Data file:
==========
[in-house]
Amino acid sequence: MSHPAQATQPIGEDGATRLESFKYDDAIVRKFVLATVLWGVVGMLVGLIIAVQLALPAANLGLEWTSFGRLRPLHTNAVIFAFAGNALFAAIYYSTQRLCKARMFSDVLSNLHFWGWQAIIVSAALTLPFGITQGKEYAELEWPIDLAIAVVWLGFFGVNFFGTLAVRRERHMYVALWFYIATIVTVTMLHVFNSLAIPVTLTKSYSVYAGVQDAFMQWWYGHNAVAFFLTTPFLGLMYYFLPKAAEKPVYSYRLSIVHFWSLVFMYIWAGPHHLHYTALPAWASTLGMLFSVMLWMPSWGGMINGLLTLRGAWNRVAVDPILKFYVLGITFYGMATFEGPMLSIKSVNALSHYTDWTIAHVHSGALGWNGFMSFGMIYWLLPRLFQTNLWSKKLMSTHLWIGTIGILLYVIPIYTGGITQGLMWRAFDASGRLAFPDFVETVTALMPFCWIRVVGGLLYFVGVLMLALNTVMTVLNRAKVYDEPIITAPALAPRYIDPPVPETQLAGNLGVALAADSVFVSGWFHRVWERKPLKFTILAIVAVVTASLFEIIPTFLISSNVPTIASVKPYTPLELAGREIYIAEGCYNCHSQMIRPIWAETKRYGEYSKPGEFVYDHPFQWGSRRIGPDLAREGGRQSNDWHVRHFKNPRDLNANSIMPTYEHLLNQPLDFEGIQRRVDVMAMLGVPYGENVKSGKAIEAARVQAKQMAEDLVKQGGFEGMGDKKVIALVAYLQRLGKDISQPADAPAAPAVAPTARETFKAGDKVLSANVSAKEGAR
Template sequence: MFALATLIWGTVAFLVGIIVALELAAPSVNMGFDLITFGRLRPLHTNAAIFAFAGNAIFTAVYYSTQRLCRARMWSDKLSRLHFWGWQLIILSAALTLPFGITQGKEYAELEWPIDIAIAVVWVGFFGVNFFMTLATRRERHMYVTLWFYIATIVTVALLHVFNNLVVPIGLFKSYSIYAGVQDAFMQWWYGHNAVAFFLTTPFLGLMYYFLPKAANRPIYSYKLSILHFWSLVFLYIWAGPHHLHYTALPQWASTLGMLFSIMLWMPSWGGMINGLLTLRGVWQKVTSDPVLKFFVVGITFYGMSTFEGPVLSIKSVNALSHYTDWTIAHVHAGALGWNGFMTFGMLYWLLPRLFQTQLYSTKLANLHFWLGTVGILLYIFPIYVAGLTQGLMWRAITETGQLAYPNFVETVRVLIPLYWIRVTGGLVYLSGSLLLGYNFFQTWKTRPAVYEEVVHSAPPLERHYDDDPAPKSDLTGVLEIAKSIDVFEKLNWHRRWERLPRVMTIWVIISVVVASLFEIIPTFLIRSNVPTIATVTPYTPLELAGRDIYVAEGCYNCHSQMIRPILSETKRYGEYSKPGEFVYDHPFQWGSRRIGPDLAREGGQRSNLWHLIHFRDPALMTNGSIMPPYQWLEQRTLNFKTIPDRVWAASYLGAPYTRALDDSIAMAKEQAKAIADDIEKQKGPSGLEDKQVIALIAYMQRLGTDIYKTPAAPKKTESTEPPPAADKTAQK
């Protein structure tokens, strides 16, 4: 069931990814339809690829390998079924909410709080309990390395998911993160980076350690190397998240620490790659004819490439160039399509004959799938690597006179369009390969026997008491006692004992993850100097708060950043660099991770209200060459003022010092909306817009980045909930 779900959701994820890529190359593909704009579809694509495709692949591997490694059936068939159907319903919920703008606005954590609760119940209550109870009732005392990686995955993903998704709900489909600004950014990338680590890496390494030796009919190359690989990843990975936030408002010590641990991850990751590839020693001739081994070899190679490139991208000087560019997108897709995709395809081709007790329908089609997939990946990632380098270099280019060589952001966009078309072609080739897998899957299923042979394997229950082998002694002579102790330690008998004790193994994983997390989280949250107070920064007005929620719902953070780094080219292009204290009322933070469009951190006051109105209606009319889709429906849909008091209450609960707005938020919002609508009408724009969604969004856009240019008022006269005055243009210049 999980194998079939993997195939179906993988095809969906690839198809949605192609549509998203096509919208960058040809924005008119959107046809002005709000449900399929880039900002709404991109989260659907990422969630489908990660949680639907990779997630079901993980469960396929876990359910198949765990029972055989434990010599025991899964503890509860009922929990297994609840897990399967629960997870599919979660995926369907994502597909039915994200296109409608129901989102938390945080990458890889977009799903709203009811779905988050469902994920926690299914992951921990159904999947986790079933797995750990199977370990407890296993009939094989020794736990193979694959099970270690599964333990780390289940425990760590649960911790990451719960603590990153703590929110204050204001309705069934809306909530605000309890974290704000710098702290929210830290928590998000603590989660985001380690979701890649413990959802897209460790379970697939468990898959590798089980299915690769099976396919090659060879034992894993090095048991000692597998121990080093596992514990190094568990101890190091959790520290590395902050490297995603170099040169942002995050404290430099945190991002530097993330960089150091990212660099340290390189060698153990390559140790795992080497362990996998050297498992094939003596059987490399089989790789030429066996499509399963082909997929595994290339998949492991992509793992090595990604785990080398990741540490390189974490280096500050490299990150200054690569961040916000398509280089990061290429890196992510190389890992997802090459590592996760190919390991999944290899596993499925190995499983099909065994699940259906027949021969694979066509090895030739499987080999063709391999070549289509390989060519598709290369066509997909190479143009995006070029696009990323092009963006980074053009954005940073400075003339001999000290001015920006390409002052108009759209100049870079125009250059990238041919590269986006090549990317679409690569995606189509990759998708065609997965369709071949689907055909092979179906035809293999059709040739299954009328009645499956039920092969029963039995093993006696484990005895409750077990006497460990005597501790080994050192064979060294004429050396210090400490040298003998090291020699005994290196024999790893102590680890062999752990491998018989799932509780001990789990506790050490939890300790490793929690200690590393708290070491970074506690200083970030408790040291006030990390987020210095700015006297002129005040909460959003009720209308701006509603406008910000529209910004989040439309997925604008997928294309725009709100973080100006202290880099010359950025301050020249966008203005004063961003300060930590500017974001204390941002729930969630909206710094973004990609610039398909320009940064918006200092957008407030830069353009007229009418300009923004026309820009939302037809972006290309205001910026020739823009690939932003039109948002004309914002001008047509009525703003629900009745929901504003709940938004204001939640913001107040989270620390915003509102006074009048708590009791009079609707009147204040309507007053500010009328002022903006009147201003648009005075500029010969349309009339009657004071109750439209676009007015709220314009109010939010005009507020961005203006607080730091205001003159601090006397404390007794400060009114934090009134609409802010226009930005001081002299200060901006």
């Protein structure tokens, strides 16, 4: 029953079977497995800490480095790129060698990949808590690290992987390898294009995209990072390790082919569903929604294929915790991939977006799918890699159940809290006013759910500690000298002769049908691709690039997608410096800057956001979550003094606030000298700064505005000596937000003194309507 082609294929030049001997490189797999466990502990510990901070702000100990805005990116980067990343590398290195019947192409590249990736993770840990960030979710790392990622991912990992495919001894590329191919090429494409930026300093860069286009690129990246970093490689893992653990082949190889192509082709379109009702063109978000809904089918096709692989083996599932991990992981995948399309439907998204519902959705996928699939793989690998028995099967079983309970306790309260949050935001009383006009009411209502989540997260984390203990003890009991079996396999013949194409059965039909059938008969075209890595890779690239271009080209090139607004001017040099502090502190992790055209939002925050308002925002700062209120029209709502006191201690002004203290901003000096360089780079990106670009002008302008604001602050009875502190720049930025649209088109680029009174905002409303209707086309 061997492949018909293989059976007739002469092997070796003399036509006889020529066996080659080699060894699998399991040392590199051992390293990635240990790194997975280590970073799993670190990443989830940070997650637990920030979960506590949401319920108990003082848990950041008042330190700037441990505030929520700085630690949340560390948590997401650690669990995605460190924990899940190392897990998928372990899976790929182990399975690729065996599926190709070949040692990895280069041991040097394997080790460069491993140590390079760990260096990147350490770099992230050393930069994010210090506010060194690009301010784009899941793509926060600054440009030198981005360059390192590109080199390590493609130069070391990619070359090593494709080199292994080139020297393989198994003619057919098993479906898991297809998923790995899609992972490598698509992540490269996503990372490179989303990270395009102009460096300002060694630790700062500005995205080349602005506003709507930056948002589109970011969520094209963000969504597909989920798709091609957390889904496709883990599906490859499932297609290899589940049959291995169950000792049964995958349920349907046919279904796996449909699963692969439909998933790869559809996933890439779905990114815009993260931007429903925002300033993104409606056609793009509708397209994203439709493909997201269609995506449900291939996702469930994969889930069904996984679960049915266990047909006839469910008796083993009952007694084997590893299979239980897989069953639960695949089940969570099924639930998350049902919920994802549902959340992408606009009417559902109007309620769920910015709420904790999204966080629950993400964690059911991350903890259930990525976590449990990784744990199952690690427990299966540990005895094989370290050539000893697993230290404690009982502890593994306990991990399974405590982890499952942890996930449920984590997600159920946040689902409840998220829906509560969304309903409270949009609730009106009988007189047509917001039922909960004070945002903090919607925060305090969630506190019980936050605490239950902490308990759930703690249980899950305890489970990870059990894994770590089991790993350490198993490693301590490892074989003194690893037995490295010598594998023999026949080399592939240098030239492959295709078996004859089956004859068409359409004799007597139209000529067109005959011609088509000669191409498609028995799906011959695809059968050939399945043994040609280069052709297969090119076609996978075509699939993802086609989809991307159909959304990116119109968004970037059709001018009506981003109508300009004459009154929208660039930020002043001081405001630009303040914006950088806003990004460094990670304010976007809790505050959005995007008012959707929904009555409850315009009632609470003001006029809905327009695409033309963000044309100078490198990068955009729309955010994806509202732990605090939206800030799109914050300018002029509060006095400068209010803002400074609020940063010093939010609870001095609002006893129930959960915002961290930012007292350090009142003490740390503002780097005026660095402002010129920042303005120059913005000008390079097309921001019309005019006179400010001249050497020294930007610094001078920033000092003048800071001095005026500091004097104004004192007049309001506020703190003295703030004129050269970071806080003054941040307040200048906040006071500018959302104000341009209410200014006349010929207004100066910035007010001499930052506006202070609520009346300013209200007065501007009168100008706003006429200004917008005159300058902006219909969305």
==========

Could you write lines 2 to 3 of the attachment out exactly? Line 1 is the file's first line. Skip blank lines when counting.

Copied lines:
Amino acid sequence: MSHPAQATQPIGEDGATRLESFKYDDAIVRKFVLATVLWGVVGMLVGLIIAVQLALPAANLGLEWTSFGRLRPLHTNAVIFAFAGNALFAAIYYSTQRLCKARMFSDVLSNLHFWGWQAIIVSAALTLPFGITQGKEYAELEWPIDLAIAVVWLGFFGVNFFGTLAVRRERHMYVALWFYIATIVTVTMLHVFNSLAIPVTLTKSYSVYAGVQDAFMQWWYGHNAVAFFLTTPFLGLMYYFLPKAAEKPVYSYRLSIVHFWSLVFMYIWAGPHHLHYTALPAWASTLGMLFSVMLWMPSWGGMINGLLTLRGAWNRVAVDPILKFYVLGITFYGMATFEGPMLSIKSVNALSHYTDWTIAHVHSGALGWNGFMSFGMIYWLLPRLFQTNLWSKKLMSTHLWIGTIGILLYVIPIYTGGITQGLMWRAFDASGRLAFPDFVETVTALMPFCWIRVVGGLLYFVGVLMLALNTVMTVLNRAKVYDEPIITAPALAPRYIDPPVPETQLAGNLGVALAADSVFVSGWFHRVWERKPLKFTILAIVAVVTASLFEIIPTFLISSNVPTIASVKPYTPLELAGREIYIAEGCYNCHSQMIRPIWAETKRYGEYSKPGEFVYDHPFQWGSRRIGPDLAREGGRQSNDWHVRHFKNPRDLNANSIMPTYEHLLNQPLDFEGIQRRVDVMAMLGVPYGENVKSGKAIEAARVQAKQMAEDLVKQGGFEGMGDKKVIALVAYLQRLGKDISQPADAPAAPAVAPTARETFKAGDKVLSANVSAKEGAR
Template sequence: MFALATLIWGTVAFLVGIIVALELAAPSVNMGFDLITFGRLRPLHTNAAIFAFAGNAIFTAVYYSTQRLCRARMWSDKLSRLHFWGWQLIILSAALTLPFGITQGKEYAELEWPIDIAIAVVWVGFFGVNFFMTLATRRERHMYVTLWFYIATIVTVALLHVFNNLVVPIGLFKSYSIYAGVQDAFMQWWYGHNAVAFFLTTPFLGLMYYFLPKAANRPIYSYKLSILHFWSLVFLYIWAGPHHLHYTALPQWASTLGMLFSIMLWMPSWGGMINGLLTLRGVWQKVTSDPVLKFFVVGITFYGMSTFEGPVLSIKSVNALSHYTDWTIAHVHAGALGWNGFMTFGMLYWLLPRLFQTQLYSTKLANLHFWLGTVGILLYIFPIYVAGLTQGLMWRAITETGQLAYPNFVETVRVLIPLYWIRVTGGLVYLSGSLLLGYNFFQTWKTRPAVYEEVVHSAPPLERHYDDDPAPKSDLTGVLEIAKSIDVFEKLNWHRRWERLPRVMTIWVIISVVVASLFEIIPTFLIRSNVPTIATVTPYTPLELAGRDIYVAEGCYNCHSQMIRPILSETKRYGEYSKPGEFVYDHPFQWGSRRIGPDLAREGGQRSNLWHLIHFRDPALMTNGSIMPPYQWLEQRTLNFKTIPDRVWAASYLGAPYTRALDDSIAMAKEQAKAIADDIEKQKGPSGLEDKQVIALIAYMQRLGTDIYKTPAAPKKTESTEPPPAADKTAQK